A new report released this month from the National Bureau of Economic Research on teacher quality in New York City has found that the city has moved a long way toward ensuring that all students have access to great teachers.
Data show that between 2000 and 2005, New York City significantly narrowed the gap in teacher qualification between high- and low-poverty schools, and that this change in the teaching force appears to have improved student achievement in the high-poverty schools without harming student achievement in low-poverty schools.
The difference in teachers’ math SAT scores in the lowest poverty schools compared to the highest poverty schools, for example, went from 43 points in 2000 to only 23 points in 2005. The difference in the percentage of uncertified teachers in low- versus high-poverty schools similarly decreased from 17.9 percent to 1.9 percent. Most of these improvements are the result of the district hiring more qualified teachers, rather than more qualified teachers transferring from other schools.
Researchers attribute these changes to a combination of state and district policies that changed the pool of teaching applicants to high-poverty schools in New York City. But federal policy also likely influenced these changes to state and district policy, creating a domino effect of good policies that improved the quality of new teachers in the district.
New York State, likely in response to the federal No Child Left Behind Act’s highly qualified teacher provisions, no longer allows uncertified teachers to teach students. No Child Left Behind, the most recent reauthorization of the Elementary and Secondary Education Act, requires that all teachers of core academic subjects meet a number of criteria to be designated highly qualified. Highly qualified teachers must hold a bachelor’s degree, be certified in their subject area, and have demonstrated their subject matter competency.
The district also created the Teaching Fellows program, to recruit and certify a new pool of talented people into teaching. The program, likely created in response to no longer being able to hire uncertified teachers, recruits mid-career professionals from other fields and then trains them to be high-quality teacher candidates for the district. The Fellows program will supply about a quarter of the city’s new teachers in the coming year.
New York City also expanded its use of Teach for America teachers, who will comprise about 10 percent of new hires. And as another measure to attract high-quality teachers, it significantly increased teachers’ starting salaries from $33,186 in 2000 to $39,000 in 2005.
This story provides three critical lessons for policymakers:
1. Federal, state, and district policies can help raise the quality of teachers in high-poverty schools. A number of studies have documented the fact that in many states and districts, poor and minority students are taught by teachers with weaker qualifications than those in other schools. It is clear from this example that this situation does not have to persist and can be affected by policy changes.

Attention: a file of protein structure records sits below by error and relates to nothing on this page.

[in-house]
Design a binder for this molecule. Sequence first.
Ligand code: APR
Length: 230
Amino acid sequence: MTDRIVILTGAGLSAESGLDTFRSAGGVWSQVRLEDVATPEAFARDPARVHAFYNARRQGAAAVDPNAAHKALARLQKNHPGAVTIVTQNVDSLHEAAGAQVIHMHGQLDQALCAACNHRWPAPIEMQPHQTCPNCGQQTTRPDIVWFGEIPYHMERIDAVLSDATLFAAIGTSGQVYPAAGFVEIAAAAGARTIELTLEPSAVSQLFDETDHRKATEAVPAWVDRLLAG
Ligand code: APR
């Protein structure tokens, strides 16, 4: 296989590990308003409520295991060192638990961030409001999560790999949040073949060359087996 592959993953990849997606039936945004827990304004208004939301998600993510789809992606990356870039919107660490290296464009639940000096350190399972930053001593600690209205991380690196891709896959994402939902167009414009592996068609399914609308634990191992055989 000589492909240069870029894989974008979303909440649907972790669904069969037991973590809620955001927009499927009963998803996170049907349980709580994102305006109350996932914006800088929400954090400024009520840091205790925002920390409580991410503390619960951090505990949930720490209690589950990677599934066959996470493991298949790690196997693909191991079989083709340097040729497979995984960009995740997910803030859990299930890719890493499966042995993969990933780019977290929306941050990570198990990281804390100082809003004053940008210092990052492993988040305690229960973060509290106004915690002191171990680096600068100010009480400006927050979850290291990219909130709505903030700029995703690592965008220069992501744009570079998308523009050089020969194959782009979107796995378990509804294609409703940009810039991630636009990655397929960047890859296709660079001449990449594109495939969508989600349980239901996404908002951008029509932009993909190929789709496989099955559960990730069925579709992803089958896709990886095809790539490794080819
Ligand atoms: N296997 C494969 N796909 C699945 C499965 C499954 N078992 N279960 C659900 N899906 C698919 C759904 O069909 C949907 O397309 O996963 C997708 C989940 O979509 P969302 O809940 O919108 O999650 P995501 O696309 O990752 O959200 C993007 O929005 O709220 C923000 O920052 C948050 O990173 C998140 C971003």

2. Improving teacher quality in high-poverty schools does not have to come at the expense of teacher quality in low-poverty schools. New York City improved teacher quality in its high-poverty schools solely by improving the quality of new recruits, and not from drawing better teachers from low-poverty schools.
3. Strategies such as increasing the prestige of the profession and improving compensation are just as important as improving working conditions. The researchers and authors of the National Bureau of Economic Research study attribute the improvements in teacher quality to recruitment and compensation policies. While teachers often say that working conditions matter more to them in choosing their positions than salary, it may be that salary, in combination with other factors, can have just as big of an effect on teachers’ decisions. One of the big draws of programs like the New York Teaching Fellows and Teach for America is their selectivity and prestige. Academically talented students are drawn to competitive programs that make them part of an elite group. The programs also draw teachers by motivating them by the moral imperative to improve education in high-poverty schools. It may also be that one of the most important working conditions is working with a staff of qualified, dedicated professionals. Perhaps when the quality of new recruits improved in high-poverty schools, other new recruits were attracted to those schools.
This may only be one success story in one district, but it is a large, complicated, urban district with all of the challenges that are faced by other urban districts. It is also likely that other urban districts with similar policies are experiencing similar improvements. And it is clearly a promising indication of what’s possible when federal, state, and district policies work in concert to improve education for disadvantaged students.
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